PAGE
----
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Works in Progress

With art, students in L.A. transport themselves. Away from grime and gangs, into worlds of color, promise and hope.


George Evans stands in back, watching a dozen young artists work in quiet concentration. They have embarked, he says, on an awakening, seamless and immeasurable, as they learn to see the world, paint it--and save themselves from it.

In an old Los Angeles firehouse, converted to a studio on Hobart near Adams Street, Evans and his assistant instructor, Edgar Arceneaux, share a belief that with enough work and enough paint, young artists can cover past mistakes and brush a new layer over life's uneven shades.

Evans, senior graphic designer at Warner Bros., is program director of Art on Saturdays, an outgrowth of the ART (Art Resources for Teens) Team, which he co-founded in 1992. He grew up in Watts and remembers a similar program, Tutor Arts, which helped cultivate his own awakening.

The program helped him understand that it was OK to be himself, that there was a place in the world for those "with the gift," and that such a gift was to be respected and nurtured.

Fire Station 18 began operation in 1906. It has survived because a group of artists, including Evans and Wendell Collins, the caretaker who lives upstairs, believes it has a place in sculpting the future of students who limn in the margins of their texts, turn in assignments with algebra on one side and Spider-Man on the other or spray paint walls and buses with cryptic messages.

These are signs that the students are searching, says Evans, because that is what you do when you are lost.


Reyna Mendez and Horacio Serrano were two of the original ART Team members chosen to paint a mural for a South-Central branch of the Los Angeles Employment Development Department in 1993.

Before painting the wall, Evans, 48, took students on field trips, including one to the L.A. County Art Museum, a place they had never been. They discussed art and artists in planning the message they wanted to convey with the mural. What emerged were tulips and parrots, creamy clouds floating above a park, a girl in a swing.

"They wanted to see beauty." Evans says. "They wanted to see tranquillity, and they wanted peace in their lives."

Mendez and Serrano had attended Jordan High School together. Serrano had committed himself to the military upon graduation because he knew of nowhere else to go, and he knew he couldn't stay.

"I didn't know what I wanted to do with my life," he says, "but I knew what I didn't want to do. I didn't want to be in a gang, and I didn't want to spend my life loading trucks or something like that."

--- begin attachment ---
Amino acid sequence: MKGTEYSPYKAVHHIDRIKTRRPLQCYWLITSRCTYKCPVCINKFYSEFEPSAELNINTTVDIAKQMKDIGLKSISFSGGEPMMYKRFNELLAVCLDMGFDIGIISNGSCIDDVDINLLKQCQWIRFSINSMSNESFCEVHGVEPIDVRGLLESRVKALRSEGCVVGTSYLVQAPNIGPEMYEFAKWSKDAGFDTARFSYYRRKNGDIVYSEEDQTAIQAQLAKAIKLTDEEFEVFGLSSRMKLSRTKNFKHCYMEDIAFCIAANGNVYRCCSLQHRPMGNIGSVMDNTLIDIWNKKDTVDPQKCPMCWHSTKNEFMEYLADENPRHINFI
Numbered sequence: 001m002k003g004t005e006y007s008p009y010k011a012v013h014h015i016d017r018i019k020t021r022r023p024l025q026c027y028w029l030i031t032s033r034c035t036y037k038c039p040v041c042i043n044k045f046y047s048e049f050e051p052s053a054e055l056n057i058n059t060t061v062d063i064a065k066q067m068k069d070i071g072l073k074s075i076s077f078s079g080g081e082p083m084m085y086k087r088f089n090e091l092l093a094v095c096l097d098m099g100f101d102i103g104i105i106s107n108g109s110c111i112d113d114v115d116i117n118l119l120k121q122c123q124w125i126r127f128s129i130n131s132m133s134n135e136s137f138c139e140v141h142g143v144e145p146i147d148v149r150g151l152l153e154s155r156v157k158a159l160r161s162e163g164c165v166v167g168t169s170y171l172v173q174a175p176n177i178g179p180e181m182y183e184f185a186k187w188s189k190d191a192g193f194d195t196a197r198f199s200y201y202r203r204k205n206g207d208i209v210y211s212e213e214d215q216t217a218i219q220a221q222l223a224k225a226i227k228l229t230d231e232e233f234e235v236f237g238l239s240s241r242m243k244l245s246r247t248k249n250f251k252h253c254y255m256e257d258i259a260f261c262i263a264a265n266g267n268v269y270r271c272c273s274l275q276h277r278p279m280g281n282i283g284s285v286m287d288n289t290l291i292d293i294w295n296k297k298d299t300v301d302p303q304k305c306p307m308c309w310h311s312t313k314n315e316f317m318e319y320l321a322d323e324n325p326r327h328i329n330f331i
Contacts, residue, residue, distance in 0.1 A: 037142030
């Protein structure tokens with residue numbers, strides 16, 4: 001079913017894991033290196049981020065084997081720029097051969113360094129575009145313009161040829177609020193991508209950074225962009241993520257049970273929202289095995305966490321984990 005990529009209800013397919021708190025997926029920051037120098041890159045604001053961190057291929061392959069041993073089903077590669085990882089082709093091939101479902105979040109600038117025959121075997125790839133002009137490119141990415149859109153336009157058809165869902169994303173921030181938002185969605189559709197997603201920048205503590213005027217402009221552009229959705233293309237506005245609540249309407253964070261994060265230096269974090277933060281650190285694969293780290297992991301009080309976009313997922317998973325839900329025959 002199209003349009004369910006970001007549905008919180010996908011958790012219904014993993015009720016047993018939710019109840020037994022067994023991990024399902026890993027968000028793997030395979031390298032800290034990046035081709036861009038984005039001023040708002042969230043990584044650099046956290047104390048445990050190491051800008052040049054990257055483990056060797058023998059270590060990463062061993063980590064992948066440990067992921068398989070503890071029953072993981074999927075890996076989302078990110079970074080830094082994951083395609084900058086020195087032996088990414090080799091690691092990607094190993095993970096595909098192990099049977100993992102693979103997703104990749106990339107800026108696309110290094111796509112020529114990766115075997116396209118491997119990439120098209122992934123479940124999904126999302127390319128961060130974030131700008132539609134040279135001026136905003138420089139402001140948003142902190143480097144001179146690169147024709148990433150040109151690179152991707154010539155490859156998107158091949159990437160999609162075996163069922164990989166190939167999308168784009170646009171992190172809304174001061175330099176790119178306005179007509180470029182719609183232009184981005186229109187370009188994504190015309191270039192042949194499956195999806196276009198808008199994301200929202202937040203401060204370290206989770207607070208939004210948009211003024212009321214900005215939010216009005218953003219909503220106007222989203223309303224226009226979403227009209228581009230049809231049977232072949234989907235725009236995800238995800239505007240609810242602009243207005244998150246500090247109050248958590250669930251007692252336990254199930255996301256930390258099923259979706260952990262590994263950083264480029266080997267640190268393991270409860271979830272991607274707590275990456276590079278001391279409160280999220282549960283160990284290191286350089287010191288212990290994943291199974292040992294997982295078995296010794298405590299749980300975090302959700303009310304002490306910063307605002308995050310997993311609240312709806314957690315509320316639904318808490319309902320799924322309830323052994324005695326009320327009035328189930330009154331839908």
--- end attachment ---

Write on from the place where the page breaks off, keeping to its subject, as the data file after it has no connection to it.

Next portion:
After working on the mural, Serrano realized he wanted to pursue art rather than the military. He and Mendez were given part-time jobs with EDD and both enrolled at Los Angeles Trade Technical College.

Last summer, Mendez, 20, died in a fire, unable to escape the blaze and bars on the windows of her home. Her dreams, which came to life in a firehouse, died in flames.

A week after Mendez's death, Serrano was shot in the back two blocks from his home. Injuries forced him to quit school. He lost his job and had run-ins with the police. He was unable to attend Mendez's funeral.

"He was spiraling downward," Evans says. "I saw him slipping away, and I knew I had to keep pushing him and refusing to give up on him."

Serrano, 21, eventually returned to the program and to Trade Tech. He has worked with artist Richard Wyatt on murals at Union Station Gateway Intermodel Transit Center, the Metro Rail Western-Wilshire station and the Alma Reaves Woods-Watts Branch Library. He hopes to become an illustrator or designer, have a family, a home in a safe neighborhood.

That is the direction he has found, and that is the awakening Evans quietly witnesses as he stands in back of the room. He now observes the students with a greater sense of urgency.

"Reyna's death taught me how fine the line is," Evans says. "Part of the thing of trying to give them a skill is to give them something that will hold them together, as well as give them direction in life and give them sanctuary, so at least they live another day."


Soon after Mendez's death, as if by fate, a young man living just up the street from the fire station surfaced at the program. Although unrelated, his name, too, was Mendez, and his passion, too, was art. Rudy Mendez, 20, was a tagger.

"He had this look in his eyes that he could take on the world," Evans recalls. "He had this energy about him. I said, 'Here's the charcoal and here's the paper. We're here every Saturday, so prove yourself. If you want to do something with your life, if you want to change your life around, show up every Saturday and I can work with you.' And he did."

After joining the program, Mendez earned a scholarship for a night class at the Art Center College of Design in Pasadena.

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